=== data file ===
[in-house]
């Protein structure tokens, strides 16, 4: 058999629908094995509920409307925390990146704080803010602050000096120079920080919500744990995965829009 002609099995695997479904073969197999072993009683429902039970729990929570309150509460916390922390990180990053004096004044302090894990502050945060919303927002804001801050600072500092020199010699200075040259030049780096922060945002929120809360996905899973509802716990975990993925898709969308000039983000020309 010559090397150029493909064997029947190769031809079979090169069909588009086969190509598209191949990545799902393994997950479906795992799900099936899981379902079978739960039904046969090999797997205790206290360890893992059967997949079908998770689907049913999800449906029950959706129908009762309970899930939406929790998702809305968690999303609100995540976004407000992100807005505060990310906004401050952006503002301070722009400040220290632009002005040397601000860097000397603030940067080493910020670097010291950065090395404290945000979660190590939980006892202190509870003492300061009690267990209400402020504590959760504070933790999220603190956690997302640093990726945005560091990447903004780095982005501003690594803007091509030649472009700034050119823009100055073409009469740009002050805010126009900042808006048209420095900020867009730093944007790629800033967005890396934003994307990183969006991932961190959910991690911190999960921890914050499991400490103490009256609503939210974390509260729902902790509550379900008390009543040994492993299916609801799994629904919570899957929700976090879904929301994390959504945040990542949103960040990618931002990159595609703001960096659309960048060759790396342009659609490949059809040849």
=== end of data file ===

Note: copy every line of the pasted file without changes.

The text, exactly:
[in-house]
């Protein structure tokens, strides 16, 4: 058999629908094995509920409307925390990146704080803010602050000096120079920080919500744990995965829009 002609099995695997479904073969197999072993009683429902039970729990929570309150509460916390922390990180990053004096004044302090894990502050945060919303927002804001801050600072500092020199010699200075040259030049780096922060945002929120809360996905899973509802716990975990993925898709969308000039983000020309 010559090397150029493909064997029947190769031809079979090169069909588009086969190509598209191949990545799902393994997950479906795992799900099936899981379902079978739960039904046969090999797997205790206290360890893992059967997949079908998770689907049913999800449906029950959706129908009762309970899930939406929790998702809305968690999303609100995540976004407000992100807005505060990310906004401050952006503002301070722009400040220290632009002005040397601000860097000397603030940067080493910020670097010291950065090395404290945000979660190590939980006892202190509870003492300061009690267990209400402020504590959760504070933790999220603190956690997302640093990726945005560091990447903004780095982005501003690594803007091509030649472009700034050119823009100055073409009469740009002050805010126009900042808006048209420095900020867009730093944007790629800033967005890396934003994307990183969006991932961190959910991690911190999960921890914050499991400490103490009256609503939210974390509260729902902790509550379900008390009543040994492993299916609801799994629904919570899957929700976090879904929301994390959504945040990542949103960040990618931002990159595609703001960096659309960048060759790396342009659609490949059809040849």